Ron Jones wrote:
Around the years 1948-50 I was a young forest ranger, my neighbor, half a mile of bush away, was a very rugged, veteran prospector. I helped with the birth of his daughter. We became friends and would meet occasionally in remote spots. He fell out with the law and served a short spell.
Later, our next meeting was up in a coast inlet where he had gone to sleep at the wheel of his boat, crashed into the shoreline bluffs and broken bones. He talked about a "woolley mountain" in the Cassiars that he had heard Indians talking about while they were also regretting their legal sins. Our paths never again crossed although I believe he found his mountain. His name was Felix Letain.
Art Letain of Vernon, BC wrote in November 2015 that Felix was his uncle and had two daughters. He believes Felix died in 1965.
Bill Plumb, Cassiar's Chief Geologist 1958-1974, remembers Felix too:
I did not meet Felix, as he dealt with Conwest when they optioned his Kutcho claims above Letain Lake. I think Conwest must have named the lake after him. He was, however quite a "character" -- a sort of "barracks room lawyer" (an old army term) and he caused a lawsuit with Cassiar over delay in development of the Kutcho because he figured he could get some other asbestos company to move faster and so he sued Cassiar for more money, Of course he lost the suit eventually but that delayed it's development and gave Cassiar more time to work on their Clinton Creek prospect.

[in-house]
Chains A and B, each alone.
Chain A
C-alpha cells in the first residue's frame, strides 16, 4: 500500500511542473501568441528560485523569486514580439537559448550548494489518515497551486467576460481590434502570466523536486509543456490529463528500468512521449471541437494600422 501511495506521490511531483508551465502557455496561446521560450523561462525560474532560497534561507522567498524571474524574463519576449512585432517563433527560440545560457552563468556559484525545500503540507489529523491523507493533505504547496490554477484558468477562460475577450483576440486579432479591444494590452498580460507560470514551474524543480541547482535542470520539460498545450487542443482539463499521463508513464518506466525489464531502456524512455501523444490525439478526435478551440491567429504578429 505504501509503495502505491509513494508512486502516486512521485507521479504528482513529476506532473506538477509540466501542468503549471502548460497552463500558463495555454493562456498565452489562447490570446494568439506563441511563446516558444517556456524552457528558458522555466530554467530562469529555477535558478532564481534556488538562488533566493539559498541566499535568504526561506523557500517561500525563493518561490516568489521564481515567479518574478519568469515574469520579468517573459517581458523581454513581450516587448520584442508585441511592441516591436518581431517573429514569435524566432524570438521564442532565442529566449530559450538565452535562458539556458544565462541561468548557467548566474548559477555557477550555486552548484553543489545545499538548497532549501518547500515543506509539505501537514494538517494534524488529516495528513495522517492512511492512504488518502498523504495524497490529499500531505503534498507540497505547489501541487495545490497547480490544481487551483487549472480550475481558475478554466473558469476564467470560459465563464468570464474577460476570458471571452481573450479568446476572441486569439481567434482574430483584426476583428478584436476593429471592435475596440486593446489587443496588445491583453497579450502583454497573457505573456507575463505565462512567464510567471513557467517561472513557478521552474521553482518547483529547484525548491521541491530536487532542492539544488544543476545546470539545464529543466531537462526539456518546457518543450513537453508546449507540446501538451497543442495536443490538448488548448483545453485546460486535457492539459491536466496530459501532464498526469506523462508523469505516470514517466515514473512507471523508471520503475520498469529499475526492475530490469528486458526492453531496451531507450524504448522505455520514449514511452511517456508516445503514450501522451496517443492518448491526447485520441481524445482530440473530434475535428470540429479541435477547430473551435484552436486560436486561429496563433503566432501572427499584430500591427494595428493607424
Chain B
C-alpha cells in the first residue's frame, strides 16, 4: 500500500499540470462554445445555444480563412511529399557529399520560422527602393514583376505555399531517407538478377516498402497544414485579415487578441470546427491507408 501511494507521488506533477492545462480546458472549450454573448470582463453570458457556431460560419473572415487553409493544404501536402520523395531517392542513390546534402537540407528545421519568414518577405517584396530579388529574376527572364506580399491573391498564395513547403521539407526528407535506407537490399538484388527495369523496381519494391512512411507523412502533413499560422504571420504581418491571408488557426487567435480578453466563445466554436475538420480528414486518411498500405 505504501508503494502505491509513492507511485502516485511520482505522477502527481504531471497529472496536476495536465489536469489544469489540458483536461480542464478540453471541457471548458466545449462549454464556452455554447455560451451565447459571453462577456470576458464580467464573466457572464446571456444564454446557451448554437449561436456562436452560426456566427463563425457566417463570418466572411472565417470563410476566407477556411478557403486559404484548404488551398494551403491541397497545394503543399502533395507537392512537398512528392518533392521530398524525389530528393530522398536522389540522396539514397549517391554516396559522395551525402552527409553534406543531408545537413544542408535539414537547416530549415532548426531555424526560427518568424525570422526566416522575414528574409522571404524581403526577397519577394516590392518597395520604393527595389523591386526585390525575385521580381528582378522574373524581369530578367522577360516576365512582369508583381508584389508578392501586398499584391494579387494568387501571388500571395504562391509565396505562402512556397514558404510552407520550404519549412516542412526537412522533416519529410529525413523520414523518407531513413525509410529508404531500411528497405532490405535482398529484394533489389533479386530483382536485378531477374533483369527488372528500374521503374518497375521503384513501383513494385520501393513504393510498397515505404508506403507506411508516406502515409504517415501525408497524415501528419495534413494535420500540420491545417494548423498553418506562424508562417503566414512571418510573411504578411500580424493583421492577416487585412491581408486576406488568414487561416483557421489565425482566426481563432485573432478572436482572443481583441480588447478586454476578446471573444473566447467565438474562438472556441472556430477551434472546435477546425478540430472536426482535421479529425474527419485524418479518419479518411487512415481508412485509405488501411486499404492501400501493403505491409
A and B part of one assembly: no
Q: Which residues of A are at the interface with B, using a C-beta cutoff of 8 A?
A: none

He also tried to play tricks on Bill Smitheringale, Conwest's consulting geologist. He showed Bill a vial of gold dust and refused to say where he had got it. That bothered Bill a lot -- but he thought the dust looked too clean and eventually discovered that Felix had bought it from a well-known placer mining company and showed it to Smitheringale as a lark.
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